Silent Sentinel Oculus camera helps Hackney Council’s surveillance
Leading surveillance manufacturer Silent Sentinel, has supplied the popular Oculus day/night high-speed 'ruggedised' PTZ cameras for the London borough of Hackney's expanding CCTV operation.
Leading surveillance manufacturer Silent Sentinel, has supplied the popular Oculus day/night high-speed 'ruggedised' PTZ cameras for the London borough of Hackney's expanding CCTV operation. Following a trial of the equipment at a council owned car park, the local authority gave the go-ahead to installer Dennis Johns Electrical for installation of a dozen Oculus units to provide surveillance capability in some challenging areas of the borough.
Andy Wells, Deputy Head of Hackney's CCTV and Emergency Planning Service, explains that some of the cameras were recently installed, for example, to survey a housing estate where problems occur involving gangs of youths using guns and knives. “We needed the Oculus cameras for this application because we knew they were likely to be attacked with weapons including bricks, catapults and air rifles after being installed,” he comments.
Hackney is one of London's largest boroughs, with more than 200,000 residents, and has a reputation for being one of the most dangerous – it's often referred to as a high crime 'gun borough'. But since the CCTV and Emergency Planning Centre was set up in 2002, including a relocated and significantly expanded CCTV control room that went live on 1st January 2003, its work in partnership with the Metropolitan police has seen crime and disorder falling.
“We introduced Oculus to Mr Wells because it's a quality camera, marketed at a realistic price, with important vandal resistant qualities for these uses at Hackney,” adds Tony Lynch, Director of Dennis Johns Electrical (DJE). “We felt the camera offered the council good value for money and the additional benefit of being very reliable in operation.”
DJE itself was established back in 1972 and provides services including electrical installation, test and inspection, design and specification, plus maintenance and project management. It is one of only three term contractors to be awarded a five-year contract by Hackney council – an endorsement of its standards of workmanship and service.
Andy Wells expresses his own satisfaction with the way the Oculus units have performed so far: “They're popular with our control room operators because although they have a larger mass than a dome camera they provide sharp and accurate response to movement commands – they pan quickly and stop on a button, as well as moving fast from pre-set to pre-set positions. There have been no reliability issues to date and we've been pleased with the engineering help and set-up advice we've received from Silent Sentinel.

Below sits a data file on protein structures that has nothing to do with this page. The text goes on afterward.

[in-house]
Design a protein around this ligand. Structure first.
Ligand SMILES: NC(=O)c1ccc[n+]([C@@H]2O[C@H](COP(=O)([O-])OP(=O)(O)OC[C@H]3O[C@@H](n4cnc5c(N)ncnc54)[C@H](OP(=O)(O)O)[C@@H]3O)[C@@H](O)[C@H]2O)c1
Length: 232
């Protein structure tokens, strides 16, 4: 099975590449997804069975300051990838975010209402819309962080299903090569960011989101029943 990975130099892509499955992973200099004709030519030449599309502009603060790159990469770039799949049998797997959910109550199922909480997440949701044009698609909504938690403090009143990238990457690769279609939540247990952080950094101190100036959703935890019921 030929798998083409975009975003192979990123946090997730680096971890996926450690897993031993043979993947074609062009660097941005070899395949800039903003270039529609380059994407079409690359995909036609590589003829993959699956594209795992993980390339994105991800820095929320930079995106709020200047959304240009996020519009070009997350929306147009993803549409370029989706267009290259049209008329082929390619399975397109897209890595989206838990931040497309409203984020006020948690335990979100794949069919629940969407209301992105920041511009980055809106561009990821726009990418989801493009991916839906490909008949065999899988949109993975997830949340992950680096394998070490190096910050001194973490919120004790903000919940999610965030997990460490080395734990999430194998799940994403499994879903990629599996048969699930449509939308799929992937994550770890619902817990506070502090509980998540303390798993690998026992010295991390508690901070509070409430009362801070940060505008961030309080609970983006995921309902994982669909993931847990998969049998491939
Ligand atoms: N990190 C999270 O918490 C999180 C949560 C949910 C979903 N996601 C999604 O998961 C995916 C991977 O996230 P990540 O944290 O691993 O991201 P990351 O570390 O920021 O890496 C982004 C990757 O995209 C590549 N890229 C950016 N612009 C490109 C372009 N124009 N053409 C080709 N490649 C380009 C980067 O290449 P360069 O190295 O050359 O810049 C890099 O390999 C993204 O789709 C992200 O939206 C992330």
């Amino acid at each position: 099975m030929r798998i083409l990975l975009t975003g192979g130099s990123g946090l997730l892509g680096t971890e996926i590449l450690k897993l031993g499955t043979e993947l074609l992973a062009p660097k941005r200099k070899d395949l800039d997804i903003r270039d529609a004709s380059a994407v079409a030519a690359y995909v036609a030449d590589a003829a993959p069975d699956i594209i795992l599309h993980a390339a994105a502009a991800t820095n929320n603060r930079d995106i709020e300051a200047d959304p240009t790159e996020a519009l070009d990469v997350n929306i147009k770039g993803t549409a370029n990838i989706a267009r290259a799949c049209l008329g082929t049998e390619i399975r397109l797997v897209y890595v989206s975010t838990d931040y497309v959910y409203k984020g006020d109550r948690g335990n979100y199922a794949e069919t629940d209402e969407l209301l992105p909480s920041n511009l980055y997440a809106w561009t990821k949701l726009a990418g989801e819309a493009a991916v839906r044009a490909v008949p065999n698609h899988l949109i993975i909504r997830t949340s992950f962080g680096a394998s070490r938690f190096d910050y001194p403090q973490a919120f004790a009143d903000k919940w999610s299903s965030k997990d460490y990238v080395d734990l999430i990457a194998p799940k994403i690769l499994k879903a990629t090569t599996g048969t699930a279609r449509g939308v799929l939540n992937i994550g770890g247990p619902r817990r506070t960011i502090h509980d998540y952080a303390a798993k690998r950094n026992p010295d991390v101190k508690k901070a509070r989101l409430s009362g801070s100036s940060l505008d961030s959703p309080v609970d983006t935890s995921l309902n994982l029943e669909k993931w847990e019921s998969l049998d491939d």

“Oculus is a discrete and low profile camera that is good in tight locations such as narrow streets and where there are restricted viewing points and higher densities of cameras. In fact it's so versatile we regard it as a dome camera with a hardened casing.”
Beginning with a 32-camera system, Hackney council invested in an emergency planning suite that included a relocated and significantly expanded control room the borough's surveillance cameras are being used to address the perception of crime among residents and visitors, and tackle issues such as community safety from robberies, drug usage, and other types of crime including potential terrorist acts.
Commenting on the council's use of Oculus, James Henrycroft, Marketing Manager of Silent Sentinel, the manufacturer of Oculus, reports that the camera can look upwards unlike traditional PTZ domes and also has a flat window too, which means no distortion! “We are confident that the town councils will like operating this fantastic Silent Sentinel product from the comfort of the control room”.
The Oculus range was recently bolstered with new models including the Silent Oculus 36 with a useful 36:1 optical zoom, infrared equipped units using IR750 and IR 500 long-range infrared illuminators, the Oculus Thermal which combines thermal and optical technologies within the same camera housing, and the Oculus Radar Detection System for detecting and tracking intruders moving at ranges up to a 500-metre radius from the sensor.